WHAT WE ALREADY KNOW ABOUT THIS TOPIC: Although antiemetics are commonly used to prevent postoperative nausea or vomiting, the failure rate is appreciable and there is little evidence to guide best therapy for rescue treatment after failed prophylaxis WHAT THIS ARTICLE TELLS US THAT IS NEW: Ten milligrams of intravenous amisulpride, a dopamine D2/D3-antagonist, is superior to placebo at treating established postoperative nausea or vomiting after failed prophylaxis, whereas 5 mg was not superior to placebo BACKGROUND:: Although antiemetics are commonly used to prevent postoperative nausea or vomiting, the failure rate is appreciable and there is currently no generally accepted standard for rescue treatment of postoperative nausea or vomiting after failed prophylaxis. This prospective, randomized, double-blind, parallel-group, placebo-controlled, multicenter study was designed to test the hypothesis that intravenous amisulpride, a dopamine D2/D3-antagonist, is superior to placebo at treating established postoperative nausea or vomiting after failed prophylaxis. METHODS: A total of 2,285 adult patients undergoing surgery under general inhalational anesthesia and receiving standard antiemetic prophylaxis were enrolled at 23 sites in Canada, France, Germany, and the United States. Of these, 702 patients experienced postoperative nausea or vomiting in the 24-h period after surgery and were randomized to receive a single dose of 5 or 10 mg intravenous amisulpride or matching placebo. The primary endpoint was complete response, defined as no emesis or rescue antiemetic use for 24 h after study drug administration, excluding emesis in the first 30 min. Secondary endpoints included incidence of emesis and rescue medication use, nausea burden, time to treatment failure, and length of stay in postanesthesia care unit and hospital. RESULTS: Complete response occurred in significantly more patients receiving 10 mg amisulpride (96 of 230, 41.7%) than placebo (67 of 235, 28.5%), a 13.2% difference (95% CI, 4.6 to 21.8; odds ratio, 1.80; P = 0.006). A 5-mg dose of amisulpride did not show a significant benefit (80 of 237, 33.8%); the difference from placebo was 5.2% (95% CI, 3.1 to 13.6; odds ratio, 1.24; P = 0.109). The total number of adverse events recorded and proportion of patients with at least one adverse event were comparable between the placebo and amisulpride groups. No clinically relevant toxicities were observed. CONCLUSIONS: A single 10-mg dose of intravenous amisulpride was safe and more effective than placebo at treating established postoperative nausea or vomiting in patients failing postoperative nausea or vomiting prophylaxis.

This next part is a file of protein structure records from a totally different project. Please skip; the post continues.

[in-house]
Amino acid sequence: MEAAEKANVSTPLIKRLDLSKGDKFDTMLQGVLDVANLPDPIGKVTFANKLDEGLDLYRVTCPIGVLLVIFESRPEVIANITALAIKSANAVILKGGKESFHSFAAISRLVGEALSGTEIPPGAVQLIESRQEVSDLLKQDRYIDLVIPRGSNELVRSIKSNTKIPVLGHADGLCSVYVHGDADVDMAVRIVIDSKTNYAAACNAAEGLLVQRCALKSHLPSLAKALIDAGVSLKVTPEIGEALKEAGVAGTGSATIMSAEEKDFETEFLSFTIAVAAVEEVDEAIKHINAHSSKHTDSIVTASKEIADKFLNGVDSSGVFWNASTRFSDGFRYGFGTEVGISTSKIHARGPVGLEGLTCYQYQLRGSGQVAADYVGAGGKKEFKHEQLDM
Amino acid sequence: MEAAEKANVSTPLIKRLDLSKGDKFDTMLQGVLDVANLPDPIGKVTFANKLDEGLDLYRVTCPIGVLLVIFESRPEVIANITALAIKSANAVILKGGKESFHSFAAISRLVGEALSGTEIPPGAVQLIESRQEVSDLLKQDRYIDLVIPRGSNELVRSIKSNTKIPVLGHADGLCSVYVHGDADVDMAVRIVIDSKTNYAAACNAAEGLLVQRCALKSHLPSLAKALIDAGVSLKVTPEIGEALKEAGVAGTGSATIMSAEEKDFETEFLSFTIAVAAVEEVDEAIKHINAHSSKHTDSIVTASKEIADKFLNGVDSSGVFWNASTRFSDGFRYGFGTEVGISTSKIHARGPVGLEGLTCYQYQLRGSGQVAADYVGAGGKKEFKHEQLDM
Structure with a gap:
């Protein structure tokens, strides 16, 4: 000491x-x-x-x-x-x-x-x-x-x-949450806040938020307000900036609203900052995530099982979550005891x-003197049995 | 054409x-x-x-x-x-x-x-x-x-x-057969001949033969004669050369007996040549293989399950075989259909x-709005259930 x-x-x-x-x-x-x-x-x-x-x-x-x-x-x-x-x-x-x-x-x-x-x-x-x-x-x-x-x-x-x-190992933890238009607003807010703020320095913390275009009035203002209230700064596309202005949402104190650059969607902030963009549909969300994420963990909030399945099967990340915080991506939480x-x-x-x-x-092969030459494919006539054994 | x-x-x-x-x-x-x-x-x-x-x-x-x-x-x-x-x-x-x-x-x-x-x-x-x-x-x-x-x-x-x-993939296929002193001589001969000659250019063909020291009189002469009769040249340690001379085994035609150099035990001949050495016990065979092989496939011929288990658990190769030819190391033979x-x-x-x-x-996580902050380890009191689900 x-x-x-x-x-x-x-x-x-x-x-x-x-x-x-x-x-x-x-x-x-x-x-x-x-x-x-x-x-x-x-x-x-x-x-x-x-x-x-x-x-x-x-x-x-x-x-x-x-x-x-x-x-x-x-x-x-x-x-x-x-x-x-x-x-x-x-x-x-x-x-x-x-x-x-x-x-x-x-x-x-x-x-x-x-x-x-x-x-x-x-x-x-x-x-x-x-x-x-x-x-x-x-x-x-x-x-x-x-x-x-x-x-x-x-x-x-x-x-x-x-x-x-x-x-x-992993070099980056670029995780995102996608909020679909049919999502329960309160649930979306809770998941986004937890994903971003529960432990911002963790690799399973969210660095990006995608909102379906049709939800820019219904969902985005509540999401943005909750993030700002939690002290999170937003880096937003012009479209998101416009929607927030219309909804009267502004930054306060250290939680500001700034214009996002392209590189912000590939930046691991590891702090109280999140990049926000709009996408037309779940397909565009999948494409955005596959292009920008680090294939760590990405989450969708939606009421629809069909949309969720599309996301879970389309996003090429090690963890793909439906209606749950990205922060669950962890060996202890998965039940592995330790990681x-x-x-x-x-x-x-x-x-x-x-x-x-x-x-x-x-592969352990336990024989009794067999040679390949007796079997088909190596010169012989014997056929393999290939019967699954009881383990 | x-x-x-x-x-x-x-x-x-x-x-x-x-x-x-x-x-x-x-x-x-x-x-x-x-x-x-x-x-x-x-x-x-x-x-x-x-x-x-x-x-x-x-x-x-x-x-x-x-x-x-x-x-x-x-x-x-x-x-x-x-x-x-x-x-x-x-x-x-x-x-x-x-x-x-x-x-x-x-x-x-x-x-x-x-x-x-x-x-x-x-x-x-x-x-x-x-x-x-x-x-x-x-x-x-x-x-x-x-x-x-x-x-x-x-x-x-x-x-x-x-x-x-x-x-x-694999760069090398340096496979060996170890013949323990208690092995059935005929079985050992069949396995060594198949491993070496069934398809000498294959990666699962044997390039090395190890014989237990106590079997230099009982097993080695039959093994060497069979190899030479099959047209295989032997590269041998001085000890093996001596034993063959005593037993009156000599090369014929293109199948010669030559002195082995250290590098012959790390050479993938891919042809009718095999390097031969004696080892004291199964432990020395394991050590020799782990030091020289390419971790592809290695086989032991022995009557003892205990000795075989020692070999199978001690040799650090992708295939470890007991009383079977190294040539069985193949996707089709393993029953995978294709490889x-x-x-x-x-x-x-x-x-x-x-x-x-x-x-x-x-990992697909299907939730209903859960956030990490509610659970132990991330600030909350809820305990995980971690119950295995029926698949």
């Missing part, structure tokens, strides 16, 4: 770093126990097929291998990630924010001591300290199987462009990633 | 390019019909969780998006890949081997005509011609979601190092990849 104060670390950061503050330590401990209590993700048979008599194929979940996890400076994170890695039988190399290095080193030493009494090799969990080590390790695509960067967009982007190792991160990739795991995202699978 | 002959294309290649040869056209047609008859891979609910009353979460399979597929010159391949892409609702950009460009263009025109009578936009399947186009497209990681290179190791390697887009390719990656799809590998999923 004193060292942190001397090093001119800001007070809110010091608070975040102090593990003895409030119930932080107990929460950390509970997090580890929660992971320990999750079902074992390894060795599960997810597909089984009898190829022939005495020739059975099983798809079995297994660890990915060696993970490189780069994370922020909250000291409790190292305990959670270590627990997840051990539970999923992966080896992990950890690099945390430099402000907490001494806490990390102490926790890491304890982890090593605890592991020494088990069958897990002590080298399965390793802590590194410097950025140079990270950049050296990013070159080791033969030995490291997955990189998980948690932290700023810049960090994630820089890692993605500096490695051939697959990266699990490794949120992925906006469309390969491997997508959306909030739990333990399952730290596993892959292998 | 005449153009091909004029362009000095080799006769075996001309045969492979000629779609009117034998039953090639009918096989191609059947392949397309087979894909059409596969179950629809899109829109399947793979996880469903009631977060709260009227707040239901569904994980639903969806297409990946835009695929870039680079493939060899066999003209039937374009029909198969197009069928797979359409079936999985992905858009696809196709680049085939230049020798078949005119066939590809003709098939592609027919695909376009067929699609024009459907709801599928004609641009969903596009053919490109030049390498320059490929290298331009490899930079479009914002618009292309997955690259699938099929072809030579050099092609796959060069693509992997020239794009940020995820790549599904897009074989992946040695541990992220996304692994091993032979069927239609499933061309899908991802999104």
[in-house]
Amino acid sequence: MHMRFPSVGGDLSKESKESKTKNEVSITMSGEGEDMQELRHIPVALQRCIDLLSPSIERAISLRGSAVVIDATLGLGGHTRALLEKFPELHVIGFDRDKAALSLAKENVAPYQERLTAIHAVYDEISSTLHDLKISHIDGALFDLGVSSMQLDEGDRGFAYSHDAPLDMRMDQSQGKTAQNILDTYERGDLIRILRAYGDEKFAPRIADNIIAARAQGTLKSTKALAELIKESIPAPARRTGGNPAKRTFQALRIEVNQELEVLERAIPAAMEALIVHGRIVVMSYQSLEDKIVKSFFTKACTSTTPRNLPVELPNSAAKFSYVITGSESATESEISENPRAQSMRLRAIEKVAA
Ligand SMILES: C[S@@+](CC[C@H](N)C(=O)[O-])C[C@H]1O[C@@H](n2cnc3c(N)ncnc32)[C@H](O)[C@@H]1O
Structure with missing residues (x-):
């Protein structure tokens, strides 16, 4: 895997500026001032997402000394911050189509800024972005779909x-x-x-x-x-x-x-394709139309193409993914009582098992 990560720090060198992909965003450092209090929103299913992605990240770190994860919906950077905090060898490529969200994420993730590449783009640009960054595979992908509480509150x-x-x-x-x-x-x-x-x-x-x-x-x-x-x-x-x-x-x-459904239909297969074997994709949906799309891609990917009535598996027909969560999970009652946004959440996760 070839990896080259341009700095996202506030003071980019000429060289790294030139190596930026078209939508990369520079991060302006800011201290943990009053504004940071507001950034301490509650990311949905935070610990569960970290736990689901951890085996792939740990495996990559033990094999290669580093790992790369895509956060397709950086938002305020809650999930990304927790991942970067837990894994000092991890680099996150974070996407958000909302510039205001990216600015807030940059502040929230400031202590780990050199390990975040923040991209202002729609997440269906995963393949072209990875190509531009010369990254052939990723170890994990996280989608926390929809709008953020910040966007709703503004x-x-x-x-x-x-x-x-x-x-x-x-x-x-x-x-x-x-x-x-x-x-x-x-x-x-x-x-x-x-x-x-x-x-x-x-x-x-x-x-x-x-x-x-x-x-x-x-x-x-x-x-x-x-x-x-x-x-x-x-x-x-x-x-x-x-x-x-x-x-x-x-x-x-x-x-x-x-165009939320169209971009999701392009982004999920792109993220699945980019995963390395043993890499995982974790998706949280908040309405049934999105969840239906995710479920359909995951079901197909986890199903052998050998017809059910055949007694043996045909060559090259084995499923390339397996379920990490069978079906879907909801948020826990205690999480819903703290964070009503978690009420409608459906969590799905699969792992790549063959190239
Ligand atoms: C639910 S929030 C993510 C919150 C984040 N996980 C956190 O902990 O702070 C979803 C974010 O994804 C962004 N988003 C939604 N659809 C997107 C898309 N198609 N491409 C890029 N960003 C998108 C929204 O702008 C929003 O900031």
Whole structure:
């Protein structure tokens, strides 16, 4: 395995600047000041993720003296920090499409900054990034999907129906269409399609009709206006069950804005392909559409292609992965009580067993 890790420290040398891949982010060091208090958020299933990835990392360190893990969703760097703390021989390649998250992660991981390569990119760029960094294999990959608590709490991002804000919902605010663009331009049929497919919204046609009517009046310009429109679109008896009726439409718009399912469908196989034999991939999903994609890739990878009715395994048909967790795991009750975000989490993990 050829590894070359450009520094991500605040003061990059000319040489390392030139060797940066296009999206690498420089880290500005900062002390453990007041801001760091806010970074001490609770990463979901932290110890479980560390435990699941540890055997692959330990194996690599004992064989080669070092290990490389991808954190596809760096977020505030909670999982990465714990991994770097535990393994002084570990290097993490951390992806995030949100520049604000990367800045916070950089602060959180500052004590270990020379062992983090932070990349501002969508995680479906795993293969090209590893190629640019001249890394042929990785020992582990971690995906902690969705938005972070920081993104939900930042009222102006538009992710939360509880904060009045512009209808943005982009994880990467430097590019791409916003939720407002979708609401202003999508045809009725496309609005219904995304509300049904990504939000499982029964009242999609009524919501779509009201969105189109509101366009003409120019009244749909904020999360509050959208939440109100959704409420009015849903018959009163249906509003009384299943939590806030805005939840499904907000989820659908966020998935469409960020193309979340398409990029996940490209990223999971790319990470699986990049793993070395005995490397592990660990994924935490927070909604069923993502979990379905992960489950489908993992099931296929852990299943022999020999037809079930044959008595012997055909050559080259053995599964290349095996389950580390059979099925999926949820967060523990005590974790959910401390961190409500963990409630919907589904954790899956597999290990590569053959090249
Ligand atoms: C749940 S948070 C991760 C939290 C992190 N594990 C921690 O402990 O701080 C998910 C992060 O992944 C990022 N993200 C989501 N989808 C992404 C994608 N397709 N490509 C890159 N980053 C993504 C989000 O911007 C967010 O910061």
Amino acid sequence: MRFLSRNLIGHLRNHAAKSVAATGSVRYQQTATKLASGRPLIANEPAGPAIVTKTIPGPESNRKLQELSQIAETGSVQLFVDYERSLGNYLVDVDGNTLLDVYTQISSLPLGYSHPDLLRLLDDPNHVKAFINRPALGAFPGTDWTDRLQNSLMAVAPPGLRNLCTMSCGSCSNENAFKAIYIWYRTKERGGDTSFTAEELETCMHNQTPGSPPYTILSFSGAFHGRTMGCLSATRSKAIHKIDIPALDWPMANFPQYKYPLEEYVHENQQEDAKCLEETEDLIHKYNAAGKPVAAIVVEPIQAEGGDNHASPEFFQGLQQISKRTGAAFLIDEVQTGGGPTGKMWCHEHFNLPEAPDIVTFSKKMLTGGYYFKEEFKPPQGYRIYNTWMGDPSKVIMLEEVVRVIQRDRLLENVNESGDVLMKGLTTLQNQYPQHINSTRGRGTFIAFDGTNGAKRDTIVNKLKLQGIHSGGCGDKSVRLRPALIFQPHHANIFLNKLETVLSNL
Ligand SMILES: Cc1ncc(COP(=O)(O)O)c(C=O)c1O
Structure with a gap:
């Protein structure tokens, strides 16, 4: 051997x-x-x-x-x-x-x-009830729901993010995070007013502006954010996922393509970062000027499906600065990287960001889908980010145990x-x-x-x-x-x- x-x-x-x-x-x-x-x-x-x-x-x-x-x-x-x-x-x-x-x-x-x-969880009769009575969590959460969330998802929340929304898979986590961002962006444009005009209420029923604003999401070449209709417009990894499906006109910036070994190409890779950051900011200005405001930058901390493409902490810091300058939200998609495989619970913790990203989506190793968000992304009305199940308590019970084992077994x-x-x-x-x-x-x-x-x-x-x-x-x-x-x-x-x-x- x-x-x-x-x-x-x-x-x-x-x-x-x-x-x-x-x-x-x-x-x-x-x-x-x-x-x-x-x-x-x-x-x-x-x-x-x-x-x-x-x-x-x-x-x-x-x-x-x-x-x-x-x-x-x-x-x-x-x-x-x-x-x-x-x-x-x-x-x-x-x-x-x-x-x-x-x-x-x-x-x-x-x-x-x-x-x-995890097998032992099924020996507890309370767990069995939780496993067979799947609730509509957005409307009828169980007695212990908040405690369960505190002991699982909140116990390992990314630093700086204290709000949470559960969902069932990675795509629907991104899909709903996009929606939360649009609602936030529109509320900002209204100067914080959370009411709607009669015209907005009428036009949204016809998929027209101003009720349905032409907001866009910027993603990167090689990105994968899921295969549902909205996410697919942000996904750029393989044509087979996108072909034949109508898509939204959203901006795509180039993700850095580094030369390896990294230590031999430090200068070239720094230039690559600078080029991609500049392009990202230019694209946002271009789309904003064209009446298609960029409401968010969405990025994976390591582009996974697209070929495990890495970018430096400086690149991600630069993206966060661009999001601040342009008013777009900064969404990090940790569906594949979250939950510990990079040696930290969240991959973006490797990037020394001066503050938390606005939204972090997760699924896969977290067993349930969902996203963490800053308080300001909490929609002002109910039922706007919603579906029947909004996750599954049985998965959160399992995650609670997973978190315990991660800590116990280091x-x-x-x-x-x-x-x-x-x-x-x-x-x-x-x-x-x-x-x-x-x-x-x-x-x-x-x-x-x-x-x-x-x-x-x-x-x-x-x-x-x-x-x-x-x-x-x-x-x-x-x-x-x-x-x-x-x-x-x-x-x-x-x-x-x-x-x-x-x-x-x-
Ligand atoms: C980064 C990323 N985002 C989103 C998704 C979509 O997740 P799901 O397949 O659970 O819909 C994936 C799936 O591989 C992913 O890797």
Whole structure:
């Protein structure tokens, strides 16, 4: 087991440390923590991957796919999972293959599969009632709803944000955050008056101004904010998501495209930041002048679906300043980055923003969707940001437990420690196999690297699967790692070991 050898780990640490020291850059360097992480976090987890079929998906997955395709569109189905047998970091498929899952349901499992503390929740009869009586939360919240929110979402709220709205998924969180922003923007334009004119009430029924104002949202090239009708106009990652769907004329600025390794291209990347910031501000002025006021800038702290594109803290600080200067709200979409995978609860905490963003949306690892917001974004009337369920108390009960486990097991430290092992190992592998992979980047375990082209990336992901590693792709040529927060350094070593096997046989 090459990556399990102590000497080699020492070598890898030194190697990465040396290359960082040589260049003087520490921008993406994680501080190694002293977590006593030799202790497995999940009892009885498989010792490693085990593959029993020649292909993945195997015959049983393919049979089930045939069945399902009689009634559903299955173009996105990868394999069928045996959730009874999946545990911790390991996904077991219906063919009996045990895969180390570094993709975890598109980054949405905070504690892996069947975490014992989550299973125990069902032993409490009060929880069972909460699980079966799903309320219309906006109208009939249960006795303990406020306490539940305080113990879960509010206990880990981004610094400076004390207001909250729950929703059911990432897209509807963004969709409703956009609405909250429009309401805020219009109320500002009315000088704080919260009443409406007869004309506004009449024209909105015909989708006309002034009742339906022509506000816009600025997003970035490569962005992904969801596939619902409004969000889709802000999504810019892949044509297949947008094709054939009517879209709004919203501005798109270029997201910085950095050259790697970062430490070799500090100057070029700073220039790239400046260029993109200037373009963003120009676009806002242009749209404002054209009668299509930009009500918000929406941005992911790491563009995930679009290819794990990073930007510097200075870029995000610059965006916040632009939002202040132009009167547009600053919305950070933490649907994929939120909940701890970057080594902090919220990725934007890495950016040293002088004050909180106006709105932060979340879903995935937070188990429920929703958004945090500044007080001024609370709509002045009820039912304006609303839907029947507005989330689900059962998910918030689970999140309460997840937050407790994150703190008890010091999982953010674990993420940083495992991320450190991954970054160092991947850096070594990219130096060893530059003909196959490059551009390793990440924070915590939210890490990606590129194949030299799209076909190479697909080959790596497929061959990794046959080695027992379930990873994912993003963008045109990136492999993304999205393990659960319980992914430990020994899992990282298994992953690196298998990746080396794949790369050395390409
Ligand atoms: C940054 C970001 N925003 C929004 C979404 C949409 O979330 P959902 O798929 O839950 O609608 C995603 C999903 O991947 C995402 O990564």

Original languageEnglish (US)